CorporateComplianceESGMarch 31, 2020

COVID-19: A Black Swan Event?

I didn’t know what swan event was until I joined Enablon and heard one of our founders Phil Tesler describe how they will increase in frequency and the Enablon platform was being designed to help companies mitigate their risks and impacts. Phil often cited the top global risks published by the World Economic Forum as items we need to prepare for. Little did I know several years later I would be living through what some people might consider to be the largest black swan event in recent years.

Or is it a black swan? I was talking with a leading GRC industry analyst and he stated that this isn’t one. Why? Because black swan is a metaphor for a surprise event, and this wasn’t one. Infectious diseases have been on every company’s risk registers for a while. The Swine Flu and SARS were not that long ago. Movies have even been made about this risk (and ironically Contagion and Outbreak are some of the top trending movies right now). But what we all can agree on is that no organization was ready for the global impact COVID-19 is having.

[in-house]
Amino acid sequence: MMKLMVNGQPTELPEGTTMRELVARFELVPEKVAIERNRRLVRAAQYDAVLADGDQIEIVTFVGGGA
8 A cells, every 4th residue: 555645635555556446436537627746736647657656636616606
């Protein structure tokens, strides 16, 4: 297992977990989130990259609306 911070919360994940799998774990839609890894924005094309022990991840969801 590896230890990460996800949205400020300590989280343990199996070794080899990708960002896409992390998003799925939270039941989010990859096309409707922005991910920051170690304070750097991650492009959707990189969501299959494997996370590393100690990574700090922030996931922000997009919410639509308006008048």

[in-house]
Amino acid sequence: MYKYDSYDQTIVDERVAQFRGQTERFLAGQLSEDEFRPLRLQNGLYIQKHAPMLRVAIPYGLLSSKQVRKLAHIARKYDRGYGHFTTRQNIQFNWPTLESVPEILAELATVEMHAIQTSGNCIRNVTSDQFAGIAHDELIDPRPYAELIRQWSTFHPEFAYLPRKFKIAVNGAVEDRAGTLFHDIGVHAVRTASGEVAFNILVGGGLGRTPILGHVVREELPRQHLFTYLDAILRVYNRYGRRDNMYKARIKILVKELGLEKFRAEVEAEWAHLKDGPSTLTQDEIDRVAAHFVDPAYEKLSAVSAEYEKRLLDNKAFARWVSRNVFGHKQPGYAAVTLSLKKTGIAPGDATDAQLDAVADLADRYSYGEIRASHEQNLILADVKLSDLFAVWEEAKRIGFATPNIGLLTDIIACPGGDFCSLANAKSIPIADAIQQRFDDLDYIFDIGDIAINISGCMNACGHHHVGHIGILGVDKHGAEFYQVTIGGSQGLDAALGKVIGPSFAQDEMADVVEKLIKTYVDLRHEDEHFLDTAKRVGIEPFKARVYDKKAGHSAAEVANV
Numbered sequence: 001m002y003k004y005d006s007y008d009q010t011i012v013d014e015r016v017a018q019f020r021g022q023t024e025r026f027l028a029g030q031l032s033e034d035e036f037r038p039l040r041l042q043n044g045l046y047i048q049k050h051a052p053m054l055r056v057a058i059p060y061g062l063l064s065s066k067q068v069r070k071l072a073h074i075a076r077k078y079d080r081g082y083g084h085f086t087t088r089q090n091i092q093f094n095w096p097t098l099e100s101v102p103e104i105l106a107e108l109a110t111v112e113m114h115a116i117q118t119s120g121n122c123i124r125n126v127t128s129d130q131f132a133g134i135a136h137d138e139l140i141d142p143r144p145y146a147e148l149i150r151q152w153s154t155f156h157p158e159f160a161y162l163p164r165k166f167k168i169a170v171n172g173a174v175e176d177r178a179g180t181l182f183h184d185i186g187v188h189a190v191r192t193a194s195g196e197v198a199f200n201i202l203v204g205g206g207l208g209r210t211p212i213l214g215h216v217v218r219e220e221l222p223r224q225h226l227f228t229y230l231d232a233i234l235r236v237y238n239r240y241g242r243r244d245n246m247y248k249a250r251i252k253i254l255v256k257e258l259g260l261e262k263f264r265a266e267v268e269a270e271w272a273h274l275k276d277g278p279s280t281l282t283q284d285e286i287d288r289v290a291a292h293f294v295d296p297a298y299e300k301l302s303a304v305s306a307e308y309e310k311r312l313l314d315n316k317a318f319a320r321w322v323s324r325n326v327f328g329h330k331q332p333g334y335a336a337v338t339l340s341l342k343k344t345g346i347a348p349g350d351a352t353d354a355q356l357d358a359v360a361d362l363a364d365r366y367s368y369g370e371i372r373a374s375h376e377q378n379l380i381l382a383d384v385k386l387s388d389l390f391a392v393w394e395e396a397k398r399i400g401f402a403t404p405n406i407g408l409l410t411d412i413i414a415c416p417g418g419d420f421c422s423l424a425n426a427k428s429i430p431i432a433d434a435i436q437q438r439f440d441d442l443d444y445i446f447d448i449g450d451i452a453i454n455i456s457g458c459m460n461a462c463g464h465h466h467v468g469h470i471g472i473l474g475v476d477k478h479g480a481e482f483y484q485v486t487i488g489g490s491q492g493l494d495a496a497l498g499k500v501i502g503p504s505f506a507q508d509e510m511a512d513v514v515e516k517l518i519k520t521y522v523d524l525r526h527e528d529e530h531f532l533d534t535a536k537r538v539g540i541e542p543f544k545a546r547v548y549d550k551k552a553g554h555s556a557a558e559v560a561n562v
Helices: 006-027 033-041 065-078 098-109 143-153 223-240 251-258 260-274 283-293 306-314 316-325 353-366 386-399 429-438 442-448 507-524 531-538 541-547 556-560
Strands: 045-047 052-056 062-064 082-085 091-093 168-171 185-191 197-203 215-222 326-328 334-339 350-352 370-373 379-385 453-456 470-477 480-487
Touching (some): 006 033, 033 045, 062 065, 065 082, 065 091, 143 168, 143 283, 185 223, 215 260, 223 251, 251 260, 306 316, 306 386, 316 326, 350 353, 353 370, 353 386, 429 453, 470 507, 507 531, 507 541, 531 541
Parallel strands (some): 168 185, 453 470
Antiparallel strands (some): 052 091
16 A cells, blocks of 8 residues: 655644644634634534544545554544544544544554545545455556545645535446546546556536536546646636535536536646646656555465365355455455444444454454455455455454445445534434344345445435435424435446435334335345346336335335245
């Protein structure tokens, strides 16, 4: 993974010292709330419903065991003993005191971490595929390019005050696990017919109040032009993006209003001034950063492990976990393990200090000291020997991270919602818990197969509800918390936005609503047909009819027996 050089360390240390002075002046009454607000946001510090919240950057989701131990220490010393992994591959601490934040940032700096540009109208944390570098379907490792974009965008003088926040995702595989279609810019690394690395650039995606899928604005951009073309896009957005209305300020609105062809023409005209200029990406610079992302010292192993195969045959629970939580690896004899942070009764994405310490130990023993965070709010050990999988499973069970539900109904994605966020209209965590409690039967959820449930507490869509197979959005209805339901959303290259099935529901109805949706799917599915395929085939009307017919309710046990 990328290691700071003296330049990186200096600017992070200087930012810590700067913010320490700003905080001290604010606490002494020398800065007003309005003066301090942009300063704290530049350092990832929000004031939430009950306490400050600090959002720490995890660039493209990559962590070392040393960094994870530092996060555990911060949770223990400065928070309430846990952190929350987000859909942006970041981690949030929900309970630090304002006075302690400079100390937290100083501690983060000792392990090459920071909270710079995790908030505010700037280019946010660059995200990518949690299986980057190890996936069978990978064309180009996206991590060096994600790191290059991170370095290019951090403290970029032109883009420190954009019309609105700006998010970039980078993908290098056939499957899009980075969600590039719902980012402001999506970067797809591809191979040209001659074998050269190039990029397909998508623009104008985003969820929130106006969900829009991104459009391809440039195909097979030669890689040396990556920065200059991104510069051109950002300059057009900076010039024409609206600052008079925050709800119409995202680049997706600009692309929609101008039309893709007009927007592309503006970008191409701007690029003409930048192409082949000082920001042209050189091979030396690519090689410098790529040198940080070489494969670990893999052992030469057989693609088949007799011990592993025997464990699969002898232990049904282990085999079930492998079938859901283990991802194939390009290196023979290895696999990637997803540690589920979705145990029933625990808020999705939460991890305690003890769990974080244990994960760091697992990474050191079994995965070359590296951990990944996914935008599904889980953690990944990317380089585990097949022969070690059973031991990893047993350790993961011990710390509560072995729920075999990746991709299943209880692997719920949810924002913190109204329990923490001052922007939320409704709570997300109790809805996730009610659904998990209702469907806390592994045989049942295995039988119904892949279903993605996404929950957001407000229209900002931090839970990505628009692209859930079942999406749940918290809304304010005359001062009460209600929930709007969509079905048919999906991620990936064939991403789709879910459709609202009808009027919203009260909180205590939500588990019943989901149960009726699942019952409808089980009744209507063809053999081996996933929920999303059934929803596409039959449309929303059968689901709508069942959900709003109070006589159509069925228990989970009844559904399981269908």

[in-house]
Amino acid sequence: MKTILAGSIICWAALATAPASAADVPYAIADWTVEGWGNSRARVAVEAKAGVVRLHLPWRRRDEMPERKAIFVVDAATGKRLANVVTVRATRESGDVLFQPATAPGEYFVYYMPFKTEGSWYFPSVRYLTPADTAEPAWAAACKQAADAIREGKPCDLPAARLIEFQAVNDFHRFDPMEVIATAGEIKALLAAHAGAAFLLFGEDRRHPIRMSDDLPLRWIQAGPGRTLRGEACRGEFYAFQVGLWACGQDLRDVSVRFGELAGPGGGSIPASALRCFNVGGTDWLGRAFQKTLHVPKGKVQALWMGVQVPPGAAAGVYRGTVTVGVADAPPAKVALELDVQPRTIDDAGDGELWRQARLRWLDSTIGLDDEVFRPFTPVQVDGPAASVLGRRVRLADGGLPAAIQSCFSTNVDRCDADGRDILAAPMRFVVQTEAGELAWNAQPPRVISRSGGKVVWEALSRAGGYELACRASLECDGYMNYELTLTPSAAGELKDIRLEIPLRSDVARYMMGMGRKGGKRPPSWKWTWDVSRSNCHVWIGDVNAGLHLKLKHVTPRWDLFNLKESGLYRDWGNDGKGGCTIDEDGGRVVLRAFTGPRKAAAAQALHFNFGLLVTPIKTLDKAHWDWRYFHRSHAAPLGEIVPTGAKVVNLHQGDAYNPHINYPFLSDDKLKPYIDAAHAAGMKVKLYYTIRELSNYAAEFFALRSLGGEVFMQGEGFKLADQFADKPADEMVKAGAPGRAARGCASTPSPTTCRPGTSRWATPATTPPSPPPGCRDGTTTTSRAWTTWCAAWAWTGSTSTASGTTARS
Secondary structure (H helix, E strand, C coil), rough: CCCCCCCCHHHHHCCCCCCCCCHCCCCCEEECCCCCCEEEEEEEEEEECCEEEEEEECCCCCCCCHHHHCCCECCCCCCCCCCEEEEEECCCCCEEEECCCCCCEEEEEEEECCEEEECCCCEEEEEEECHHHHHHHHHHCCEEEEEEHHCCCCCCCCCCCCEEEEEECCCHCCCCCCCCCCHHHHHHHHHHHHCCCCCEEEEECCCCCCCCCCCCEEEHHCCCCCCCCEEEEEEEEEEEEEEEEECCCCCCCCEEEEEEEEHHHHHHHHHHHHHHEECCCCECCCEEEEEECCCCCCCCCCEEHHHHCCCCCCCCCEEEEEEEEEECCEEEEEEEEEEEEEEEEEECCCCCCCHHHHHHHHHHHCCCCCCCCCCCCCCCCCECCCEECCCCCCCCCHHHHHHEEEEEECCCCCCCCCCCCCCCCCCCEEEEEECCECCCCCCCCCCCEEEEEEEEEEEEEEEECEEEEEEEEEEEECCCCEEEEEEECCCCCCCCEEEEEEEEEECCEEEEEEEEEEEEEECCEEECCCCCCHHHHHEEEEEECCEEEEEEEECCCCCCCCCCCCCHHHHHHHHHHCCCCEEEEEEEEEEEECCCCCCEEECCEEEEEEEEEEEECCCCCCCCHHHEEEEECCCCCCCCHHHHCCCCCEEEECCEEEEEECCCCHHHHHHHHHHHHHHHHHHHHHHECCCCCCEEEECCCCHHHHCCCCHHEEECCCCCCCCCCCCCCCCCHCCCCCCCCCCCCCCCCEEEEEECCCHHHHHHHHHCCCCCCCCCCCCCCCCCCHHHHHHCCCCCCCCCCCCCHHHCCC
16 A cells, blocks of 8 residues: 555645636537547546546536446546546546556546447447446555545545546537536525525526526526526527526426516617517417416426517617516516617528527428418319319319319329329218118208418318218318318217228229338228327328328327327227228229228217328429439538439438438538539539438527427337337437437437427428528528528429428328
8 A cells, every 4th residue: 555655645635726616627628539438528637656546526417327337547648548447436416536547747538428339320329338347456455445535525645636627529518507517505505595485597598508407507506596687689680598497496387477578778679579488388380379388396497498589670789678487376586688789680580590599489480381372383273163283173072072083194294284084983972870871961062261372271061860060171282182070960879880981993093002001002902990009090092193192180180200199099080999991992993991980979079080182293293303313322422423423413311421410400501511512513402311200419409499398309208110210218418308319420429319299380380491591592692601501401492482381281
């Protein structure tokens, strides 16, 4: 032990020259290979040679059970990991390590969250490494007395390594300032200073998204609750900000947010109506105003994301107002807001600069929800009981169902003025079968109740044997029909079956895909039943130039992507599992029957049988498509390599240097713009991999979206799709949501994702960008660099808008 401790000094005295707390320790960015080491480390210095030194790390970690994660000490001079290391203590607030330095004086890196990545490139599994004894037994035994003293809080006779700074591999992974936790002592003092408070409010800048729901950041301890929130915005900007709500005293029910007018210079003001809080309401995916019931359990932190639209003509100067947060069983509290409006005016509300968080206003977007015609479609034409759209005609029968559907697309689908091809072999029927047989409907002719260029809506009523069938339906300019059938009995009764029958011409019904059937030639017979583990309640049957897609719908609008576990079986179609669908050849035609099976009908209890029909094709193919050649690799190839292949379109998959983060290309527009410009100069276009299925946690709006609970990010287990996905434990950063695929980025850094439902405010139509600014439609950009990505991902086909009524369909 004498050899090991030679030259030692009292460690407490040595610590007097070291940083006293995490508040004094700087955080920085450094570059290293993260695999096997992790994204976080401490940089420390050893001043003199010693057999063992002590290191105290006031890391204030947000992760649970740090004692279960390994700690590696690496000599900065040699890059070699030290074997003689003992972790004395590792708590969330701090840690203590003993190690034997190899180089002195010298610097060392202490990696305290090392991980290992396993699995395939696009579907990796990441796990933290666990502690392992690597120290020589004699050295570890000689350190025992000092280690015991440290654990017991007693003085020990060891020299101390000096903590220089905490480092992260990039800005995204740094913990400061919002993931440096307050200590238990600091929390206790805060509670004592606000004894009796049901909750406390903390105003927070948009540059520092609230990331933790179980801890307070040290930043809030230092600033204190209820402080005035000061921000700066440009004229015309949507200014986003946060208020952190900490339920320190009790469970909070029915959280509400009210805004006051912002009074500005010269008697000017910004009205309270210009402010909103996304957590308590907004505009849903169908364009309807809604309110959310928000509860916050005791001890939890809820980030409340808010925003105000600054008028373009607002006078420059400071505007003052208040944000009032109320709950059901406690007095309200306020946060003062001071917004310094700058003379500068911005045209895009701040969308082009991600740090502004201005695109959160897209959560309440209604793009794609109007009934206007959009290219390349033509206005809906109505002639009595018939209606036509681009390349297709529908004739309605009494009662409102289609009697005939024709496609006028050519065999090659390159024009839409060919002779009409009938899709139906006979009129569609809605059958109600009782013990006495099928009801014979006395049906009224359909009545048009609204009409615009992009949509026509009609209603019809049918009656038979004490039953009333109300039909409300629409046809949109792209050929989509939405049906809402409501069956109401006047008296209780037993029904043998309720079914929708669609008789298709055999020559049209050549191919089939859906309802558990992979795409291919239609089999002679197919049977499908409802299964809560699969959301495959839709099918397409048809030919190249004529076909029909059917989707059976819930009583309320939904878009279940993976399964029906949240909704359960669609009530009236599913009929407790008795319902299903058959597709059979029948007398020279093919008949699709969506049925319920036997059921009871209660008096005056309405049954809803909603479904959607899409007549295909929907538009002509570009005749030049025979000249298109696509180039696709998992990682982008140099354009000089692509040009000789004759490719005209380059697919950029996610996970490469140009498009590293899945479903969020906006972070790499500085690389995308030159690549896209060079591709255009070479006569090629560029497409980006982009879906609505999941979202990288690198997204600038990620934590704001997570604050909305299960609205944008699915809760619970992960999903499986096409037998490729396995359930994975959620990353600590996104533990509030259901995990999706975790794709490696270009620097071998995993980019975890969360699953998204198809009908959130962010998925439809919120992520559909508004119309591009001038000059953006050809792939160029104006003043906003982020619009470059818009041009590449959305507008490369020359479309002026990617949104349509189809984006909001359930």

So, as we are all working from home and are still adjusting to the impact, below are some thoughts as we all work through this pandemic together…

Corporate Risk Definitions and Programs Will Change

A few larger, more proactive organizations have a holistic view of risk and manage:

  • Enterprise risk (IT, supply-chain, financial)
  • Operational risk (control of work, safety, incidents)
  • Environmental risk (sustainability, air & water emissions, waste, environmental events)

However, many businesses and analysts still have a siloed view of risk (or at least they have siloed operations around different risk types). It’s understandable because each risk domain has its own complexities and expertise – but, all risks are interconnected.